When GM-Holden stopped production in Port Melbourne in 2017 and started importing Holden cars instead, we already knew of its impending closure. Still, GM’s announcement in early 2020 came as a shock. That was over a year ago, so what has been going on in the Holden world since then?
Holden's closure in early 2020 was anything but a quiet one. Several significant issues have kept the company in the news, mainly surrounding the sentiments of the government and indignant ex-Holden dealers on the company's way out.
Add to that the Holden customers who were left hanging on the issue of servicing, parts supply, and warranties. Holden’s commitments to customers weren't as initially promised. Lastly, what’s with General Motors' new company, GM Speciality Vehicles? Why close shop one day and open another one the next? We’ll get into that too.
The fallout from Holden’s closure in Australia is still an ongoing concern, so let’s catch up with the broad strokes by exploring the three critical issues mentioned above, all of which are hot topics surrounding Holden’s closure.
Let’s see what’s been happening with Holden since they closed shop.
The Holden Dealer Network Situation
Let’s start with one of the earliest issues tied to Holden’s departure last year. Here’s a short version: Holden and its network of dealers entered into lengthy negotiations about how much the dealers should be compensated for each new car they sold. Those negotiations didn’t go so well.
The figure that dealers put forth was $6,110 per car, but General Motors (Holden’s parent company) only offered a measly sum of $1,500. Despite all the back and forth, GM never budged from its price, not even by a little bit.
Worse yet, Aussie dealers learned that those in New Zealand were given $2,500 per new car instead!
Despite it all, a significant number of those former dealers had to take GM’s offer or risk getting nothing at all.
Needless to say, this left a bad taste in a lot of people’s mouths and even inviting a senate inquiry.
Even though most of the dealers, around 120 of them, took the 'lowball' deal offered by GM, the remaining dealers continue to fight for better compensation from the company.
What about Holden Customers?
Dealers aside, Holden also caused issues for its customers. Seeing as how Holden had a falling out with its network of dealers, there’s plenty of confusion about where Holden car owners should go to get their cars fixed or buy parts.
A lot of the former Holden dealers had already switched over to selling and servicing other car brands. So, what’s the Holden car owner supposed to do?
Well, when those 120-plus dealers accepted Holden’s compensation offer, it seems that they also signed agreements to continue providing service to existing Holden vehicle owners.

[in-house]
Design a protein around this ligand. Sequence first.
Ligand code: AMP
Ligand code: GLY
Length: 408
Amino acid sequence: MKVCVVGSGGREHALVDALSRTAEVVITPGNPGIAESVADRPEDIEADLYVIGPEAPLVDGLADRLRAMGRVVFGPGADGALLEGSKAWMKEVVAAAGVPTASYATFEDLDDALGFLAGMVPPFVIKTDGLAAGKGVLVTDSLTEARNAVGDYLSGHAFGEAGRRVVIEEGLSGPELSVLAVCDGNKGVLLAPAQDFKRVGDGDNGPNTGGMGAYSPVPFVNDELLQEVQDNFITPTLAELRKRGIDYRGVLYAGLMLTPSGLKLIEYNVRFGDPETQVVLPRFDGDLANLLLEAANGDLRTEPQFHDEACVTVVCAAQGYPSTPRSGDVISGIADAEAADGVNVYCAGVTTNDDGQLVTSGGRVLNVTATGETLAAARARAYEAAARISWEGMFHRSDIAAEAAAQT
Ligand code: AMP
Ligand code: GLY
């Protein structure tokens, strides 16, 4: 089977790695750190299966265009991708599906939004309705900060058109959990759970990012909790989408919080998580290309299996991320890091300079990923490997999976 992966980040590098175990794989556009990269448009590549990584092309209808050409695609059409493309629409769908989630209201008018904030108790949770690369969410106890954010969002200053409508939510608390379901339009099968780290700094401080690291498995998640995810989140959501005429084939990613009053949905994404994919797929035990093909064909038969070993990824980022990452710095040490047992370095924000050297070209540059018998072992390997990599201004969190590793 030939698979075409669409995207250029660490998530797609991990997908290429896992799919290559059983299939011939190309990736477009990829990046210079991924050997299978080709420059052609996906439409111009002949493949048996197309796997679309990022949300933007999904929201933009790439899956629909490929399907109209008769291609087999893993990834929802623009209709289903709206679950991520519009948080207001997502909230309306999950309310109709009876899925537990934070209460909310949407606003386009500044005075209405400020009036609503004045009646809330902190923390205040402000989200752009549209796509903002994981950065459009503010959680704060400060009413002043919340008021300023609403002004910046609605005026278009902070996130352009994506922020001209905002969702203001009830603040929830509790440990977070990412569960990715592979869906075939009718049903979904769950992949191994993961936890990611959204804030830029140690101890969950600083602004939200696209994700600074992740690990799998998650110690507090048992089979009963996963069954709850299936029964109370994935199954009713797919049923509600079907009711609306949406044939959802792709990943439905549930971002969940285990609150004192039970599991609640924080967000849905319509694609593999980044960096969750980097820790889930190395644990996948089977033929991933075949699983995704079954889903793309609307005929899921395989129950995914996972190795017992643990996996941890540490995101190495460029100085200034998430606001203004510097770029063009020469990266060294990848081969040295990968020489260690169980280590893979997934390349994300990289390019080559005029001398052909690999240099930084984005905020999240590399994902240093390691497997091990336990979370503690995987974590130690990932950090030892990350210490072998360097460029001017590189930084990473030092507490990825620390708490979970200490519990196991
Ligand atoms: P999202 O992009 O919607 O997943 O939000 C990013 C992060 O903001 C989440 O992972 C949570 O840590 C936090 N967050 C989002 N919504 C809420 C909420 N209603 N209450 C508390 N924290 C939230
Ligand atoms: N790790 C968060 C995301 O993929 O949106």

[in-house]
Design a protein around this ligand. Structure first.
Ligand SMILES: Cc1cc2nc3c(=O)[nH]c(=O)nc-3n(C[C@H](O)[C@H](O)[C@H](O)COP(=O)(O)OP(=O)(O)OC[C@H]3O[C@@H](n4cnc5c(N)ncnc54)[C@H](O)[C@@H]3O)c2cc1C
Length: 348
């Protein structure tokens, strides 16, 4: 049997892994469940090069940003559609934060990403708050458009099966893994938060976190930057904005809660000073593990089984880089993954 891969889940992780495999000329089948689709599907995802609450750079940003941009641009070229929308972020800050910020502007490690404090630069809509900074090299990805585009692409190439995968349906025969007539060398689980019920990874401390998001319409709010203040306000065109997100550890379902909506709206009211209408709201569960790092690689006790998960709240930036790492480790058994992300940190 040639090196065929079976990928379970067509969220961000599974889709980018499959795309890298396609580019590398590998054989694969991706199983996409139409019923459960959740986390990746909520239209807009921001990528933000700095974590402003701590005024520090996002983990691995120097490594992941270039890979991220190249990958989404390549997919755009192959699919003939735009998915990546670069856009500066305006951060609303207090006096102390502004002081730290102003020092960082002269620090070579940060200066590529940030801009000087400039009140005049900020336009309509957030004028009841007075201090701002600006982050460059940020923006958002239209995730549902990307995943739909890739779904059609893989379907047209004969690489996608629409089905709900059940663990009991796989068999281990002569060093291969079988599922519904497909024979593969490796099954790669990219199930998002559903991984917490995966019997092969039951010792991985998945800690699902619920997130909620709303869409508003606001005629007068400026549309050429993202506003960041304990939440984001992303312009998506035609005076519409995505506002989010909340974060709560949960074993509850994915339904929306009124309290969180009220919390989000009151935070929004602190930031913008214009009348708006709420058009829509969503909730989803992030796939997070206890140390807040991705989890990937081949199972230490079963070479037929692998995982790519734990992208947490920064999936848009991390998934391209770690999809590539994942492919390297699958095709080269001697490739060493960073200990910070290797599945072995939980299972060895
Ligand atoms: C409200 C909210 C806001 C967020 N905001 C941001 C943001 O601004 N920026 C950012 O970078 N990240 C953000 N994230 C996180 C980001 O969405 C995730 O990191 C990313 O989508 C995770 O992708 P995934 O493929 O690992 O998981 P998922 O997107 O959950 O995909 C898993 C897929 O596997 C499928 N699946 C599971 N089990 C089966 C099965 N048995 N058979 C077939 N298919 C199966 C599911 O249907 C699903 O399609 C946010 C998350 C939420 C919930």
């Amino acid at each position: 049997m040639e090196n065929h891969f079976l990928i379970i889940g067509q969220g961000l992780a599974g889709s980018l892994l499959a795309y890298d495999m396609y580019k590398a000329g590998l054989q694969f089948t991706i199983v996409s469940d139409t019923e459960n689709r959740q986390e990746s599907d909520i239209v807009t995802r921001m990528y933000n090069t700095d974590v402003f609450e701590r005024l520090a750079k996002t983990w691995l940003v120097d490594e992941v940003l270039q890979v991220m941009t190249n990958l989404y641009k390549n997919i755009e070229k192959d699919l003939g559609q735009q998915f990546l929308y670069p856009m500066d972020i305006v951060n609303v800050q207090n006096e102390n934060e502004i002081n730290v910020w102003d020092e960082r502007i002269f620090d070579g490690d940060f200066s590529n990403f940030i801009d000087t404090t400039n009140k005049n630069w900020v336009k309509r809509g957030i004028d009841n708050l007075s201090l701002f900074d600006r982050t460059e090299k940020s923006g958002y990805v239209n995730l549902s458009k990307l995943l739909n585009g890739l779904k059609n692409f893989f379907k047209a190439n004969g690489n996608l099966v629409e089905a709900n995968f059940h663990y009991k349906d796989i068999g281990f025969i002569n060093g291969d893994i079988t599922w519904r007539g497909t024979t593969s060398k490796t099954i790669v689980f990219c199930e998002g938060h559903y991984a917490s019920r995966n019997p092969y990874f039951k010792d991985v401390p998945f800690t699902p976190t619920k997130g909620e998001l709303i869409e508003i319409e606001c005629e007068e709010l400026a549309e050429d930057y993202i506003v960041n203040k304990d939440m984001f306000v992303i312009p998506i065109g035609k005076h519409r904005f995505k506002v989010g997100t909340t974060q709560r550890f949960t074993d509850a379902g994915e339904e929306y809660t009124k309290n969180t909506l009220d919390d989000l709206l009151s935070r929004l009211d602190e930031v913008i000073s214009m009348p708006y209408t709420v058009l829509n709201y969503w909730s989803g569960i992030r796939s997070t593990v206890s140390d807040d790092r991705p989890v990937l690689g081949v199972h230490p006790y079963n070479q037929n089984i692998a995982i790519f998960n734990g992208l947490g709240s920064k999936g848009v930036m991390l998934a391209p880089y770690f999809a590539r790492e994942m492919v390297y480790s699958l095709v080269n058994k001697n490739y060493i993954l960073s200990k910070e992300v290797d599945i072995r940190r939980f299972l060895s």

Presumably, what that means is that there are still over a hundred dealers who can service the Holdens running on Aussie roads. That suggests that existing Holden owners can still get service and parts of their cars, though their options for taking their vehicles are more limited than ever before.
GM Speciality Vehicles: What It Is and Why It Matters
If you’re still following the Holden story since its closure last year just about when the pandemic started, then you should know about GM Speciality Vehicles (GSMV).
After shutting down Holden, GM then opened up a new GM Specialty Vehicles company to continue selling some of its car models in Australia.
It didn’t take long for that step to raise a lot of red flags. To many, it seemed pretty apparent that GM just undermined their network of ex-Holden dealers and might now force them to compete with those under the GMSV banner.
The whole notion of GM shutting down Holden and then coming back up with a new company in the same market just doesn’t sit right with many people, from automotive industry groups all the way up to the Australian government.
Final Thoughts (For Now)
Everything that started with Holden’s closure in Australia in 2020 to date has never been without drama. As you can see from what we’ve explored above, Holden’s departure wasn’t an isolated issue.
For instance, its effects aren’t just limited to one group of stakeholders. Holden’s former dealers were affected, and so were their customers. Worse yet, the drama continue with GM’s insertion of GM Specialty Vehicles into the very same market that they vacated.
More importantly, this isn’t just a matter circling the automotive industry. As we’ve also seen earlier, there’s high-level government interest in all of these problems, primarily because GM benefited from government subsidies.
Bottom line? Car companies around the world come and go; that’s a natural cycle. But with Holden, its departure caused a lot of unhappiness among a lot of parties, and we’re likely to see more news of it coming soon.
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By Ray Hasbollah